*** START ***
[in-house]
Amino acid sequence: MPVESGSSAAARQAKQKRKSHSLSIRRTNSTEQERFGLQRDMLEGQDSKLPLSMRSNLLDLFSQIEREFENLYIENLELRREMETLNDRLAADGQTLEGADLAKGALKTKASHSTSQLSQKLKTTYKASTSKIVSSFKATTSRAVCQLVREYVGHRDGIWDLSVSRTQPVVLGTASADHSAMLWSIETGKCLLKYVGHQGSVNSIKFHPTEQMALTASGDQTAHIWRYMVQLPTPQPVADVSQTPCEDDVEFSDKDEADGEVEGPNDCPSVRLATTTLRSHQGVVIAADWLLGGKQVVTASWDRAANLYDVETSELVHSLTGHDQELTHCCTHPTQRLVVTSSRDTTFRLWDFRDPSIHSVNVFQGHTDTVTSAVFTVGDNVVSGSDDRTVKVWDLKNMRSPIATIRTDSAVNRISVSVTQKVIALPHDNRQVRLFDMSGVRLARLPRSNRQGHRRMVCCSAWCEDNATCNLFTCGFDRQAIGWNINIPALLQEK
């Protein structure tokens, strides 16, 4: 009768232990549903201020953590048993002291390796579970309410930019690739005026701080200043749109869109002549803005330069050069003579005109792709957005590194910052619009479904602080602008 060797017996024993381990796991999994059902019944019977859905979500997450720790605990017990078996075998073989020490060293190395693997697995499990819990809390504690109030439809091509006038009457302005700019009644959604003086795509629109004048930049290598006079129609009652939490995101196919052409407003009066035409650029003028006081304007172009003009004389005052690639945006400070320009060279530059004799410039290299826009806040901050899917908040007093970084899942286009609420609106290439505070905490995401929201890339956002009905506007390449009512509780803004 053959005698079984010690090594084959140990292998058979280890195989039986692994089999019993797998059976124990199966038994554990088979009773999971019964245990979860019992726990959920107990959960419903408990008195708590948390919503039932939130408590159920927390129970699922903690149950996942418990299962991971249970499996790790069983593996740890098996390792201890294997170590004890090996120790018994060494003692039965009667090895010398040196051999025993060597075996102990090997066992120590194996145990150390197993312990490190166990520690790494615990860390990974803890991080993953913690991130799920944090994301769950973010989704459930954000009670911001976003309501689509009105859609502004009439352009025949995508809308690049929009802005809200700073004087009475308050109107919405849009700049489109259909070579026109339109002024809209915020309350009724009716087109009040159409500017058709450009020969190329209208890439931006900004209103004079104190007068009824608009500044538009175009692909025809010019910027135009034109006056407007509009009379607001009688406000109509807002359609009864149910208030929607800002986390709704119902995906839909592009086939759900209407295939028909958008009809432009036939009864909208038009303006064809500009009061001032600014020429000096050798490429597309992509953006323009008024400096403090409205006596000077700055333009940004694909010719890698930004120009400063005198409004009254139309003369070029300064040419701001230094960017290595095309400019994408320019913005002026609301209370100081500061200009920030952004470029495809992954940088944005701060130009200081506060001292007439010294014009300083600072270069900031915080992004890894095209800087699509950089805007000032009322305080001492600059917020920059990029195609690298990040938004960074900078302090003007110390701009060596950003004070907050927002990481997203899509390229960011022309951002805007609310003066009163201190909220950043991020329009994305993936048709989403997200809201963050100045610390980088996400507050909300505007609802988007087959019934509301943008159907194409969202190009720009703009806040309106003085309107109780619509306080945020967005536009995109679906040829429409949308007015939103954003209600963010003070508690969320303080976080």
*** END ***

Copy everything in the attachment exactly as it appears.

[in-house]
Amino acid sequence: MPVESGSSAAARQAKQKRKSHSLSIRRTNSTEQERFGLQRDMLEGQDSKLPLSMRSNLLDLFSQIEREFENLYIENLELRREMETLNDRLAADGQTLEGADLAKGALKTKASHSTSQLSQKLKTTYKASTSKIVSSFKATTSRAVCQLVREYVGHRDGIWDLSVSRTQPVVLGTASADHSAMLWSIETGKCLLKYVGHQGSVNSIKFHPTEQMALTASGDQTAHIWRYMVQLPTPQPVADVSQTPCEDDVEFSDKDEADGEVEGPNDCPSVRLATTTLRSHQGVVIAADWLLGGKQVVTASWDRAANLYDVETSELVHSLTGHDQELTHCCTHPTQRLVVTSSRDTTFRLWDFRDPSIHSVNVFQGHTDTVTSAVFTVGDNVVSGSDDRTVKVWDLKNMRSPIATIRTDSAVNRISVSVTQKVIALPHDNRQVRLFDMSGVRLARLPRSNRQGHRRMVCCSAWCEDNATCNLFTCGFDRQAIGWNINIPALLQEK
């Protein structure tokens, strides 16, 4: 009768232990549903201020953590048993002291390796579970309410930019690739005026701080200043749109869109002549803005330069050069003579005109792709957005590194910052619009479904602080602008 060797017996024993381990796991999994059902019944019977859905979500997450720790605990017990078996075998073989020490060293190395693997697995499990819990809390504690109030439809091509006038009457302005700019009644959604003086795509629109004048930049290598006079129609009652939490995101196919052409407003009066035409650029003028006081304007172009003009004389005052690639945006400070320009060279530059004799410039290299826009806040901050899917908040007093970084899942286009609420609106290439505070905490995401929201890339956002009905506007390449009512509780803004 053959005698079984010690090594084959140990292998058979280890195989039986692994089999019993797998059976124990199966038994554990088979009773999971019964245990979860019992726990959920107990959960419903408990008195708590948390919503039932939130408590159920927390129970699922903690149950996942418990299962991971249970499996790790069983593996740890098996390792201890294997170590004890090996120790018994060494003692039965009667090895010398040196051999025993060597075996102990090997066992120590194996145990150390197993312990490190166990520690790494615990860390990974803890991080993953913690991130799920944090994301769950973010989704459930954000009670911001976003309501689509009105859609502004009439352009025949995508809308690049929009802005809200700073004087009475308050109107919405849009700049489109259909070579026109339109002024809209915020309350009724009716087109009040159409500017058709450009020969190329209208890439931006900004209103004079104190007068009824608009500044538009175009692909025809010019910027135009034109006056407007509009009379607001009688406000109509807002359609009864149910208030929607800002986390709704119902995906839909592009086939759900209407295939028909958008009809432009036939009864909208038009303006064809500009009061001032600014020429000096050798490429597309992509953006323009008024400096403090409205006596000077700055333009940004694909010719890698930004120009400063005198409004009254139309003369070029300064040419701001230094960017290595095309400019994408320019913005002026609301209370100081500061200009920030952004470029495809992954940088944005701060130009200081506060001292007439010294014009300083600072270069900031915080992004890894095209800087699509950089805007000032009322305080001492600059917020920059990029195609690298990040938004960074900078302090003007110390701009060596950003004070907050927002990481997203899509390229960011022309951002805007609310003066009163201190909220950043991020329009994305993936048709989403997200809201963050100045610390980088996400507050909300505007609802988007087959019934509301943008159907194409969202190009720009703009806040309106003085309107109780619509306080945020967005536009995109679906040829429409949308007015939103954003209600963010003070508690969320303080976080």